(Last Updated on : 03/09/2013)
Arun Chandra Ghosh is the identity that Shilpashram and Purulia District
banks upon. He is the eldest son of Atul Chandra Ghosh
and Labanya Prabha Ghosh
the two stalwarts of Indian Freedom Movement
and the aftermath of the struggle when India had been on its grand way to the making of Contemporary India, a India that was bogged down by the impending fears of half made societies and a lack of culture of their own. What Arun Chandra Ghosh had contemplated was but a homogeneous bond of identity, strikingly different from the Eurocentric colonisers' thrust upon identity pushing aside the half made societies.
With his father and mother as Atul Chandra Ghosh and Labanya Prabha Ghosh
it was but obvious that he was brought up in an environment of freedom fighters at Shilpashram, Purulia. British government jailed him several times during the period 1930-47 for different agitations like "Pataka-Satyagraha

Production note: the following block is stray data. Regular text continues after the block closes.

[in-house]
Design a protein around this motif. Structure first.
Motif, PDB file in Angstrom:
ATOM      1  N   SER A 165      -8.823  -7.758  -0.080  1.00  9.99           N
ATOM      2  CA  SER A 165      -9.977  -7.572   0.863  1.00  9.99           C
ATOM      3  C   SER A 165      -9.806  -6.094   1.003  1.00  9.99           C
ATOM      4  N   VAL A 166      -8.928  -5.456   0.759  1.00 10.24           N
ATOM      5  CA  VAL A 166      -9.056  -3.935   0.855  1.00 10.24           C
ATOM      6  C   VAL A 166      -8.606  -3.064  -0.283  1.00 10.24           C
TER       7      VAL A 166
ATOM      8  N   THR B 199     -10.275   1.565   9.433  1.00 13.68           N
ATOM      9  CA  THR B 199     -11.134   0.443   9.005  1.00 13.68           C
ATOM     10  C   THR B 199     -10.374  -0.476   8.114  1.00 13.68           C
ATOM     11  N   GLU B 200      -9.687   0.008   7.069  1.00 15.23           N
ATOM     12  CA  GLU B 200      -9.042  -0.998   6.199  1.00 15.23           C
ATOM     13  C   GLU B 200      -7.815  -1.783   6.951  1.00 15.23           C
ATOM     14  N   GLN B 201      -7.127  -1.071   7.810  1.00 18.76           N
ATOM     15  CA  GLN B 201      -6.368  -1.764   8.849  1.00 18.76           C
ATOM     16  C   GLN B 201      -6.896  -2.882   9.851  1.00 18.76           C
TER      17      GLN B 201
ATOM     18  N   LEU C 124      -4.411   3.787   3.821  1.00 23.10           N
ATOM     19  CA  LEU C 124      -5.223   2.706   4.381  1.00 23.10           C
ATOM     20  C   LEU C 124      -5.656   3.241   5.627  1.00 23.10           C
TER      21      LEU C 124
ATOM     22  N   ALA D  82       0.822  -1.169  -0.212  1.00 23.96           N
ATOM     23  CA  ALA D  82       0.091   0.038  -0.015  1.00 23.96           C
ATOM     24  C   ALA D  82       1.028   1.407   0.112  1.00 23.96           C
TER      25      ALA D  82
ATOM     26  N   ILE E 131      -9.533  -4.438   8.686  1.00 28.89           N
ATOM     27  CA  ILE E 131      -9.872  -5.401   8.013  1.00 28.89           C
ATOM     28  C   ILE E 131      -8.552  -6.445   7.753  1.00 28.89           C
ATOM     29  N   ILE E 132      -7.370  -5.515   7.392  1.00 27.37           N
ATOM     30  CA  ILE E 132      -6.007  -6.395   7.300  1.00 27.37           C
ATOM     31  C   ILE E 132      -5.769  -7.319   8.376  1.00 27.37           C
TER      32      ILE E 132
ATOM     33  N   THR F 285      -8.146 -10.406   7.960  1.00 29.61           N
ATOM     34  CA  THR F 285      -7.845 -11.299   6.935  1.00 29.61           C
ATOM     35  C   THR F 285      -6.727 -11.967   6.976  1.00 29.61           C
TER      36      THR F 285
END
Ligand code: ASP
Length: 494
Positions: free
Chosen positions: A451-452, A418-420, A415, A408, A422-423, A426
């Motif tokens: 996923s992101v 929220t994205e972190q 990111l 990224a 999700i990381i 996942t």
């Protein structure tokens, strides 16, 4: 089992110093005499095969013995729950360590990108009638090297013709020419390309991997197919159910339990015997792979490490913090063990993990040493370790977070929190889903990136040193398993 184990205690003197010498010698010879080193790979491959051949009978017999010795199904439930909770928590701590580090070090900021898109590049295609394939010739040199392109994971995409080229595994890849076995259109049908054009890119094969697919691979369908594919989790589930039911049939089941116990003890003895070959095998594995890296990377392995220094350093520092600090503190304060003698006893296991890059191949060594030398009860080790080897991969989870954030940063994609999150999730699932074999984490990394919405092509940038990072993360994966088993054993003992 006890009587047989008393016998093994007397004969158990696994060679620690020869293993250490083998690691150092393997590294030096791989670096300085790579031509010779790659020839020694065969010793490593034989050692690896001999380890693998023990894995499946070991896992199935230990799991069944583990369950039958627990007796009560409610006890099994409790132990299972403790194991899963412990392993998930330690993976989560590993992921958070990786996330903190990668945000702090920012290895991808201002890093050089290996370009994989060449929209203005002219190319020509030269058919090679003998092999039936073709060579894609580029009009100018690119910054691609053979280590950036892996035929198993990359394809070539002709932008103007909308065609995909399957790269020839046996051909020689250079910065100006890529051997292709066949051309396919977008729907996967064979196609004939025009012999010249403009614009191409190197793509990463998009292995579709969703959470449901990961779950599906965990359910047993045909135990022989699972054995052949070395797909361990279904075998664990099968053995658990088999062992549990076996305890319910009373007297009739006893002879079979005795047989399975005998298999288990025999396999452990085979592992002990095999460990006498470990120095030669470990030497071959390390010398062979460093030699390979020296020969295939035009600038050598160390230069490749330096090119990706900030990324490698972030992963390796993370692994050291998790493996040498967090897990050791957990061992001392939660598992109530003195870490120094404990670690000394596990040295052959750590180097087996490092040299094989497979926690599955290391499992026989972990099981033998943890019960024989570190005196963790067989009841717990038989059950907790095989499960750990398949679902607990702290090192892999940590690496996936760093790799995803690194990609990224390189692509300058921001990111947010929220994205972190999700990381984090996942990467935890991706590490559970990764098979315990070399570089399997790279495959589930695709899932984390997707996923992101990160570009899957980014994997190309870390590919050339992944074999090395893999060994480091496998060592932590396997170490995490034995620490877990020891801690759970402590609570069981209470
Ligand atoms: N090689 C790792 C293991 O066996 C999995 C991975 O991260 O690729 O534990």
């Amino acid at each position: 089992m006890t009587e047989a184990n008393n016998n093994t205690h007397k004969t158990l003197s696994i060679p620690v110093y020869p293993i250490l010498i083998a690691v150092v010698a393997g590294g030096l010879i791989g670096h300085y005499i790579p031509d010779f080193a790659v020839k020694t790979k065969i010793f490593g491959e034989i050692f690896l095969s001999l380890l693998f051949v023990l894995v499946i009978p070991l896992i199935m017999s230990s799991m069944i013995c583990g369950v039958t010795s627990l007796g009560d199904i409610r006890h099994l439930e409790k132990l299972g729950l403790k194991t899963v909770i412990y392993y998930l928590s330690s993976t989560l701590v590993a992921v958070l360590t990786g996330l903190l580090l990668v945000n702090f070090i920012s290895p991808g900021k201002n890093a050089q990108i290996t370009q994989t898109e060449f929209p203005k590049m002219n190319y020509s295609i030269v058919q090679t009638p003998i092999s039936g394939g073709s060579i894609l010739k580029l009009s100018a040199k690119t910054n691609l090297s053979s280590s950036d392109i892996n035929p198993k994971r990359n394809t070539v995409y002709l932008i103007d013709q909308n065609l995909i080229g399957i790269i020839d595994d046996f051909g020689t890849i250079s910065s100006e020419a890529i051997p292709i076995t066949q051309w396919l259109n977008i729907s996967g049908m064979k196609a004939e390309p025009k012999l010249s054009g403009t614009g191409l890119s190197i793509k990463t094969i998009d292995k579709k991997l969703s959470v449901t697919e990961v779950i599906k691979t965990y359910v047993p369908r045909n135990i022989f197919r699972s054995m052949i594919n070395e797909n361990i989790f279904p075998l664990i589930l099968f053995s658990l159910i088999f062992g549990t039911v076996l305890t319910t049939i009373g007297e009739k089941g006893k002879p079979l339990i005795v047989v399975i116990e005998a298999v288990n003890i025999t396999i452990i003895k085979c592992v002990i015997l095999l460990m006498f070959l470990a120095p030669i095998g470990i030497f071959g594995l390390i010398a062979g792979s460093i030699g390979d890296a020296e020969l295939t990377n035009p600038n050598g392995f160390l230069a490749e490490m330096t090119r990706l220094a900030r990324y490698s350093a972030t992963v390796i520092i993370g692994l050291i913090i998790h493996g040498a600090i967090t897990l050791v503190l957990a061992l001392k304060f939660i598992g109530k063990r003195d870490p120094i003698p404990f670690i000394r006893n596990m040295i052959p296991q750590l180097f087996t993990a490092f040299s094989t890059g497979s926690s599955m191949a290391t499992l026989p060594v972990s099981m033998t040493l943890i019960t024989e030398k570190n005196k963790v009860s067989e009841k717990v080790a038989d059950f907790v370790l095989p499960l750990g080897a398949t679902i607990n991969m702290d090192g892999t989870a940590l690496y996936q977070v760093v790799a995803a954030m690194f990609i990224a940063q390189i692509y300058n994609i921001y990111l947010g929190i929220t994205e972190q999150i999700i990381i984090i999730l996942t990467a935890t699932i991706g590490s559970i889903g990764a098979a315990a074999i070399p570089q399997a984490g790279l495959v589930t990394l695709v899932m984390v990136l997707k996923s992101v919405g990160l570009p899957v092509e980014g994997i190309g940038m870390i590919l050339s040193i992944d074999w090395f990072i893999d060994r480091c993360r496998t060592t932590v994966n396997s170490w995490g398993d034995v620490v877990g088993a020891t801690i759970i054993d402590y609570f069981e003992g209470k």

" (Konapara), Indian Republic Day
and Celebration (1932) etc. He was a student in Shantiniketan
under the tutelage of Great Master of Fine arts, Nandalal Bose
however as it had been in his blood he followed the footsteps of his father and left study to join Salt Movement.
After independence, he again came to forefront in "Language Agitation' (Bhasa Andolan) and it was under his leadership, "Lok Sevok Sangho" fought against the strained imposition of Hindi language
at Bengali dominated areas of the then Manbhum district. "Lok Sevok Sangho" spread out Tusu-Satyagraha Agitation, Bango Satyagroha Abhijan (March from Pakbirra to Kolkata
on 20th April 1956 in remonstrate against the unification proposal of Bengal with Bihar
However later, due to constant pressure from the Bengali students and youth, the Bihar state government was likewise compelled to back down. Ultimately, Purulia was acceded to West Bengal
from Bihar on 1st November 1956. Given the extent of mass participation in anti-authoritarian social agitation, Manbhum district (now Purulia) proudly stands with countries like Bangladesh, Philippines, Haiti, and many others. He was also the editor of "Mukti" the first Bengali bi-weekly from Manbhum district till his death. It played a great role during the independence movement and "Language Agitation.'